Ubuntu’s Adoption Curve, Past and Present

We’re about to embark on a new cycle and with that comes the hopes of many that the Perfect LTS can be a really good break through release. I was reading a comment by the ever ready Jeff Spaleta over on Mark Shuttleworth’s Blog. His assertion was that Ubuntu has been loosing people according to the Wikimedia web stats data, so I decided to put this to the test.

A warning to those new to web stats: they can be unreliable and not very scientific, there could be many reasons for the following data, in addition this is a limited data sample using data from people’s browsers who visit wikipedia.

Taking data just for Ubuntu in the months just previous to a new release. So March and September of each year to give lagards 5 months to upgrade to the latest version of Ubuntu, I put together the data to compare the past 4 releases and over their in context previous stats: Download PDF Here Spreedsheet Here

Jeff politely says “Ubuntu has been trending downward”, but to me over the cadence of the release it looks worse.

The other interesting comparison and the reason for the graph is the percentage of users upgrading to the next release. You can see 66% upgraded to Karmic while 18% stayed behind on Jaunty. For the LTS release Lucid we get a strong 69% upgrade while 15% stayed put, Maverick was still quite strong even coming after an LTS release with 42% of users upgrading and 41% staying with the LTS as expected. But with Natty we have a huge tumble to 13% of users upgrading and 21% staying with the pre-unity 10.10 release as well as 49% of remaining users sticking to the LTS release.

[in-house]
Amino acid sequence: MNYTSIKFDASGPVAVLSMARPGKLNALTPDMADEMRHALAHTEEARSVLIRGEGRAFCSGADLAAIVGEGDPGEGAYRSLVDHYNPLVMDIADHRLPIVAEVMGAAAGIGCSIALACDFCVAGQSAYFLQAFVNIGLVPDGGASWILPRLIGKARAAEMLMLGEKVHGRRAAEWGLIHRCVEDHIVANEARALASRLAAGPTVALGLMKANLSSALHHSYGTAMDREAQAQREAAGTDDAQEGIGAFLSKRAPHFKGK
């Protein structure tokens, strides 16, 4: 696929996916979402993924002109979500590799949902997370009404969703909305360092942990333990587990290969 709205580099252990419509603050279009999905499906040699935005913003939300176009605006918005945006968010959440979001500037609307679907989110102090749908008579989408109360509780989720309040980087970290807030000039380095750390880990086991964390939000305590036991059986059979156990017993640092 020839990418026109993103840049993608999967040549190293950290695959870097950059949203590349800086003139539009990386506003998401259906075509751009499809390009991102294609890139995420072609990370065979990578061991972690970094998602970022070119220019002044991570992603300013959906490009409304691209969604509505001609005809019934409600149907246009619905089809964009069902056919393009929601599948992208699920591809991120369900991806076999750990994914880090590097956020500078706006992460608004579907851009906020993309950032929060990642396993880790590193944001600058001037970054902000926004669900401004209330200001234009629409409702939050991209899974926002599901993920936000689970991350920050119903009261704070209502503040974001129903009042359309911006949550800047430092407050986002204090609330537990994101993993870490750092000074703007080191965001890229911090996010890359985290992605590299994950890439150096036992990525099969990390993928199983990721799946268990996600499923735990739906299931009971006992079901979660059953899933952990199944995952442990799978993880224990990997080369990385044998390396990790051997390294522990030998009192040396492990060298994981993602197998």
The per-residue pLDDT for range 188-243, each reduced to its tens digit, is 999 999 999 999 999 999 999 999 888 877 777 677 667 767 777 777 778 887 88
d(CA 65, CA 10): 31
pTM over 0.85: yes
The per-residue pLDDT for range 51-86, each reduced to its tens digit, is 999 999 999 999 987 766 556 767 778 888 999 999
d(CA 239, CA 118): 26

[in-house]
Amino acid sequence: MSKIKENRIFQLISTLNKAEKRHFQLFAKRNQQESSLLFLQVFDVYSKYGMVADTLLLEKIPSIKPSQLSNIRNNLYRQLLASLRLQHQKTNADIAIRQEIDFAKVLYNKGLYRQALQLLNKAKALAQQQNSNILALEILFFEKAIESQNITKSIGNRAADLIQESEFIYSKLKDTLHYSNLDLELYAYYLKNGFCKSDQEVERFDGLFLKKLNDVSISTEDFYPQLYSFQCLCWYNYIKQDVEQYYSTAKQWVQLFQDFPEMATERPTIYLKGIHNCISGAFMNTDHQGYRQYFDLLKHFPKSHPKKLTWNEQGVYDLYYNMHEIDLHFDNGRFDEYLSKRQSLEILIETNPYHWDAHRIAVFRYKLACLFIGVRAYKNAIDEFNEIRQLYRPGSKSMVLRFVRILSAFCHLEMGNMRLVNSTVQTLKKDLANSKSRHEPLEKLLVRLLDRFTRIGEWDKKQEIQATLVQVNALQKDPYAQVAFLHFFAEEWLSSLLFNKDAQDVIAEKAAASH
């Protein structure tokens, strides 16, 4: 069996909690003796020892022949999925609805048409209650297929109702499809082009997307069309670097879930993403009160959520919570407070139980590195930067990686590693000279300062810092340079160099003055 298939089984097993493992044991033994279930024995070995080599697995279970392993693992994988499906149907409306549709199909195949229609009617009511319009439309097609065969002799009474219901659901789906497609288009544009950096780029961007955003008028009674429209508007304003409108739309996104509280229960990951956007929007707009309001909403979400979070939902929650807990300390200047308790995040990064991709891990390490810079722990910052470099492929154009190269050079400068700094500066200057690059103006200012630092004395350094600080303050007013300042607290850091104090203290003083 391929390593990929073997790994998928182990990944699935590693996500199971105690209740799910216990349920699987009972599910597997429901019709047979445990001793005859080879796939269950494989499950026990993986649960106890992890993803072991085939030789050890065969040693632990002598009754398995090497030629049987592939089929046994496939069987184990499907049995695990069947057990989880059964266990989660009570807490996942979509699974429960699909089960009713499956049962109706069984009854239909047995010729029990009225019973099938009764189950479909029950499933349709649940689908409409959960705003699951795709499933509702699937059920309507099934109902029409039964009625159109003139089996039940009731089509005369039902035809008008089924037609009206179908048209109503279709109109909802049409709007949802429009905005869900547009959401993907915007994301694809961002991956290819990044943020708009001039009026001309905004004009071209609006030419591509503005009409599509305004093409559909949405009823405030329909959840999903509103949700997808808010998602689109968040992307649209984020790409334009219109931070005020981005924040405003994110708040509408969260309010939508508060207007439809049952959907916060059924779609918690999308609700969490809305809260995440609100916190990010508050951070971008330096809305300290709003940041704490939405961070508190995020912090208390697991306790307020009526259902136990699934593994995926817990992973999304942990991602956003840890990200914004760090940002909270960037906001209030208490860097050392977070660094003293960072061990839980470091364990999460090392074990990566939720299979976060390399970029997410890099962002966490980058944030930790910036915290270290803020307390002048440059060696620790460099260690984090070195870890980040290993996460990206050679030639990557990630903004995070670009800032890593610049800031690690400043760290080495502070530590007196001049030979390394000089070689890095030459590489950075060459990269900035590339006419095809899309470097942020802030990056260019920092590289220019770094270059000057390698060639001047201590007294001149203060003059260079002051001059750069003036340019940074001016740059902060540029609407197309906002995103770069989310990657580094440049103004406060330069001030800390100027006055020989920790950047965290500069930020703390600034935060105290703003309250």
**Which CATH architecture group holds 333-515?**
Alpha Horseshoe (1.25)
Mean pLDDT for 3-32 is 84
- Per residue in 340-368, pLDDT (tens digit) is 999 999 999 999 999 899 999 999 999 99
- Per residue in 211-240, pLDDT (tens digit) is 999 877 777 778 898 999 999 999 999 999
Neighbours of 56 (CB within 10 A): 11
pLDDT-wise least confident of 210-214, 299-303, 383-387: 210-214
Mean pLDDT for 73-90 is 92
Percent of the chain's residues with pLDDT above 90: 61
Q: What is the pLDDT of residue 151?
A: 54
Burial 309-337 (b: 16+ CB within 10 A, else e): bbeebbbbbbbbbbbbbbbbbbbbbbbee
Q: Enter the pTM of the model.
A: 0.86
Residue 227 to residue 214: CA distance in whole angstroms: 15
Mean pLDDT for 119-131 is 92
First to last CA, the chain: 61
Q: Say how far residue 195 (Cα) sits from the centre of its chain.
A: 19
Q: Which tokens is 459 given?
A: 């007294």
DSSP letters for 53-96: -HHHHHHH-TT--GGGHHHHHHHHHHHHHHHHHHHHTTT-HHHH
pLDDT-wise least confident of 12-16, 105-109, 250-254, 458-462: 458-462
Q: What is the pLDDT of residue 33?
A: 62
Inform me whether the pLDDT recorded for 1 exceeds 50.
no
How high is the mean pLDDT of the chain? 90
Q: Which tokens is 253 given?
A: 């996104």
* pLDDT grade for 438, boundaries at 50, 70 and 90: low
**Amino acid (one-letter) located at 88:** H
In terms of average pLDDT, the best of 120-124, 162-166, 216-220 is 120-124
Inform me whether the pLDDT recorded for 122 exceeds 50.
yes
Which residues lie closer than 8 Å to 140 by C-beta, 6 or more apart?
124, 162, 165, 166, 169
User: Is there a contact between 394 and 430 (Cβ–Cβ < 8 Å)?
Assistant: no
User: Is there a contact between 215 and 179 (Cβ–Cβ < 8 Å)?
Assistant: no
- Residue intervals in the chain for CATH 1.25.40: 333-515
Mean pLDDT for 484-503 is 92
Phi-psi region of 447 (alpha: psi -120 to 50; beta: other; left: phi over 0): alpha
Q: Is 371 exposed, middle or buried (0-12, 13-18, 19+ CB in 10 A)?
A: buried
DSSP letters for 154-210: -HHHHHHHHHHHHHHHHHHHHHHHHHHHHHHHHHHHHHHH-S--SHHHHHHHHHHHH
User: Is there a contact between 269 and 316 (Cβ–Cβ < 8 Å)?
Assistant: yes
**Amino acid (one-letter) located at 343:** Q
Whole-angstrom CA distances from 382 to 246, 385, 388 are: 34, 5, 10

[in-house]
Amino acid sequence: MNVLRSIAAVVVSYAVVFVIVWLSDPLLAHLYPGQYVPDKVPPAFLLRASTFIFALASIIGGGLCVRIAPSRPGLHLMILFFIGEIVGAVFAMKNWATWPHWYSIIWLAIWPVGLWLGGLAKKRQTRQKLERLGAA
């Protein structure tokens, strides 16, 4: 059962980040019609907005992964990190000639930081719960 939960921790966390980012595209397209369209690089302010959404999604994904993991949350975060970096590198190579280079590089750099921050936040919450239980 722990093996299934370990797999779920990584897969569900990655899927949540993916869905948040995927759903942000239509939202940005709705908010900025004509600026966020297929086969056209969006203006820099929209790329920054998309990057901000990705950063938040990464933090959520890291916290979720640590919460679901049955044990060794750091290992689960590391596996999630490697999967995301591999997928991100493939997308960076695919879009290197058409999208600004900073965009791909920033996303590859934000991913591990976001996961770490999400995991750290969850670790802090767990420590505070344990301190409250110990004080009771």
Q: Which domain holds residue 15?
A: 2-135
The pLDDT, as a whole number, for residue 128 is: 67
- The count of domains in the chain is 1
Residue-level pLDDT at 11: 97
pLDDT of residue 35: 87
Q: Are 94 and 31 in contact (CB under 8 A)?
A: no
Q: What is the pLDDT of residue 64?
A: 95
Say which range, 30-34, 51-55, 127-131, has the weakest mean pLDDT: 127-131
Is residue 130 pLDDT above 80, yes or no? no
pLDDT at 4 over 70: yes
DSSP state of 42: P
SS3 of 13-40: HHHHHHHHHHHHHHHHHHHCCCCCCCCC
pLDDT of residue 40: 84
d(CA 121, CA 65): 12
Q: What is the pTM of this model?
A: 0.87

I’d love to hear your thoughts, what do you think we should talk about at UDS to try and pick up the adoption a bit and get Ubuntu on track for world domination? Are we failing and should we just pack up and install Android? Your thoughts as always below…

Update: Thanks to the comments about the Firefox user string, it does appear as if 11.04 was the start of the great Mozilla bleaching, removing any identifying marks from the browser agent. So all those identified as using Ubuntu 11.04 are actually using Chromium or one of the other browsers. The last data point is impossible to gauge now and it’s probably not that low. Still an estimated 15% of users aren’t using Firefox, not bad.

Ubuntu Community Center Guided Tour

I’ve been really wanting to show all you lovely internet based friends the exciting and totally awesome Ubuntu based community center I’m setting up. So I created a video where I show off the login/registration greeter and the rest of the physical space.

Check out the video, it’s only about 4 minutes long: To play this video see the source mpeg or go here for flash player.

Post your comments below.

Last Minute Problem: Limiting Users

So I have all these client computers doing the right thing, I have a long, long list of tweaks needed to turn Ubuntu into a community center operating system. Right now I have a few limitations that I would like to put on users:

  • Number of pages able to print per user per printer
  • Disk quota, 500MB
  • Timed Sessions (1 hour) per user group.

So far I know cups should allow page limitations, but I can’t find it. Disk quotas lack good documentation on how to set them up and timeoutd was the suggestion but it doesn’t appear to work with my testing. Also anything that notifies via notify-osd would be good.

Any suggestions?